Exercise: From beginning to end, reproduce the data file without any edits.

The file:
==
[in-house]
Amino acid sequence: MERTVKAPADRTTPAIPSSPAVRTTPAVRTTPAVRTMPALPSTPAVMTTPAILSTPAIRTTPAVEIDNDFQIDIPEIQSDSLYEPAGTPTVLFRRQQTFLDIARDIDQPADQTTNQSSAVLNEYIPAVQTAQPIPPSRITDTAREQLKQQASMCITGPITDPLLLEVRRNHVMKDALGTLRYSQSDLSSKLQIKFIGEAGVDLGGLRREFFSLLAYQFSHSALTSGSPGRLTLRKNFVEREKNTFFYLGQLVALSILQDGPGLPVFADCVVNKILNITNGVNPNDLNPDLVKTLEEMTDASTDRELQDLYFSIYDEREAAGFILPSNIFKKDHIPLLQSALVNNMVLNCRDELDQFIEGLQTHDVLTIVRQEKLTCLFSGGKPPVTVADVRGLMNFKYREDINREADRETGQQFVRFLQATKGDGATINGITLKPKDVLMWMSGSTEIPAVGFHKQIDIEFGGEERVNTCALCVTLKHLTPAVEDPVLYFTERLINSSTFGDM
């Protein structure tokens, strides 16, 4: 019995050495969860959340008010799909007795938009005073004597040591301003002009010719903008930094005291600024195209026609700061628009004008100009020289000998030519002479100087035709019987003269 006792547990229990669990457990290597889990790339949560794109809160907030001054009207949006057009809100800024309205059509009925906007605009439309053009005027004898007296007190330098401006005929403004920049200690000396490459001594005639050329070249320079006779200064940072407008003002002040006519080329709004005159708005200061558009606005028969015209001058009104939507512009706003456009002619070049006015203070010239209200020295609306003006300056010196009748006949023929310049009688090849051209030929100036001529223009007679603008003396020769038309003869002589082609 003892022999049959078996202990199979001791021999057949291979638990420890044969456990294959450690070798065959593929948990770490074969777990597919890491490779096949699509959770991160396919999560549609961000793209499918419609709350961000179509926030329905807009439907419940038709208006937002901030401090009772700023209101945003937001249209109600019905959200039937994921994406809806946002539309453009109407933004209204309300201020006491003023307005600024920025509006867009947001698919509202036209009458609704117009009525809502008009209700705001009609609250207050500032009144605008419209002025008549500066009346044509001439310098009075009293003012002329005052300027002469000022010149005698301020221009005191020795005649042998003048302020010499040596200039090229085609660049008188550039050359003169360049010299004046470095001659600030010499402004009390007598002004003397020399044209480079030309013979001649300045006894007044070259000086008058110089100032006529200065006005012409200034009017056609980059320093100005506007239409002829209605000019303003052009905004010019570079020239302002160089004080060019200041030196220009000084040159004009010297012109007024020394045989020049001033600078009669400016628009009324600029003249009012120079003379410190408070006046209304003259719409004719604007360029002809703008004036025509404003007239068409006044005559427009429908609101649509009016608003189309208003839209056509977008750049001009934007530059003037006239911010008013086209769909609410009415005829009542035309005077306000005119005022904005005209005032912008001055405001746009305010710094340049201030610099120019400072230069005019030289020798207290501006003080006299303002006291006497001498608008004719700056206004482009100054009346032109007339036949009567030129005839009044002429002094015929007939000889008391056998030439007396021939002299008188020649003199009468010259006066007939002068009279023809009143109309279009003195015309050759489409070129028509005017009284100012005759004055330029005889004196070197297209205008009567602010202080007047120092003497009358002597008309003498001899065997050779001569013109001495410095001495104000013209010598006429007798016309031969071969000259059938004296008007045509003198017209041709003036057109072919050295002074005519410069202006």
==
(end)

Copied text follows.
[in-house]
Amino acid sequence: MERTVKAPADRTTPAIPSSPAVRTTPAVRTTPAVRTMPALPSTPAVMTTPAILSTPAIRTTPAVEIDNDFQIDIPEIQSDSLYEPAGTPTVLFRRQQTFLDIARDIDQPADQTTNQSSAVLNEYIPAVQTAQPIPPSRITDTAREQLKQQASMCITGPITDPLLLEVRRNHVMKDALGTLRYSQSDLSSKLQIKFIGEAGVDLGGLRREFFSLLAYQFSHSALTSGSPGRLTLRKNFVEREKNTFFYLGQLVALSILQDGPGLPVFADCVVNKILNITNGVNPNDLNPDLVKTLEEMTDASTDRELQDLYFSIYDEREAAGFILPSNIFKKDHIPLLQSALVNNMVLNCRDELDQFIEGLQTHDVLTIVRQEKLTCLFSGGKPPVTVADVRGLMNFKYREDINREADRETGQQFVRFLQATKGDGATINGITLKPKDVLMWMSGSTEIPAVGFHKQIDIEFGGEERVNTCALCVTLKHLTPAVEDPVLYFTERLINSSTFGDM
């Protein structure tokens, strides 16, 4: 019995050495969860959340008010799909007795938009005073004597040591301003002009010719903008930094005291600024195209026609700061628009004008100009020289000998030519002479100087035709019987003269 006792547990229990669990457990290597889990790339949560794109809160907030001054009207949006057009809100800024309205059509009925906007605009439309053009005027004898007296007190330098401006005929403004920049200690000396490459001594005639050329070249320079006779200064940072407008003002002040006519080329709004005159708005200061558009606005028969015209001058009104939507512009706003456009002619070049006015203070010239209200020295609306003006300056010196009748006949023929310049009688090849051209030929100036001529223009007679603008003396020769038309003869002589082609 003892022999049959078996202990199979001791021999057949291979638990420890044969456990294959450690070798065959593929948990770490074969777990597919890491490779096949699509959770991160396919999560549609961000793209499918419609709350961000179509926030329905807009439907419940038709208006937002901030401090009772700023209101945003937001249209109600019905959200039937994921994406809806946002539309453009109407933004209204309300201020006491003023307005600024920025509006867009947001698919509202036209009458609704117009009525809502008009209700705001009609609250207050500032009144605008419209002025008549500066009346044509001439310098009075009293003012002329005052300027002469000022010149005698301020221009005191020795005649042998003048302020010499040596200039090229085609660049008188550039050359003169360049010299004046470095001659600030010499402004009390007598002004003397020399044209480079030309013979001649300045006894007044070259000086008058110089100032006529200065006005012409200034009017056609980059320093100005506007239409002829209605000019303003052009905004010019570079020239302002160089004080060019200041030196220009000084040159004009010297012109007024020394045989020049001033600078009669400016628009009324600029003249009012120079003379410190408070006046209304003259719409004719604007360029002809703008004036025509404003007239068409006044005559427009429908609101649509009016608003189309208003839209056509977008750049001009934007530059003037006239911010008013086209769909609410009415005829009542035309005077306000005119005022904005005209005032912008001055405001746009305010710094340049201030610099120019400072230069005019030289020798207290501006003080006299303002006291006497001498608008004719700056206004482009100054009346032109007339036949009567030129005839009044002429002094015929007939000889008391056998030439007396021939002299008188020649003199009468010259006066007939002068009279023809009143109309279009003195015309050759489409070129028509005017009284100012005759004055330029005889004196070197297209205008009567602010202080007047120092003497009358002597008309003498001899065997050779001569013109001495410095001495104000013209010598006429007798016309031969071969000259059938004296008007045509003198017209041709003036057109072919050295002074005519410069202006």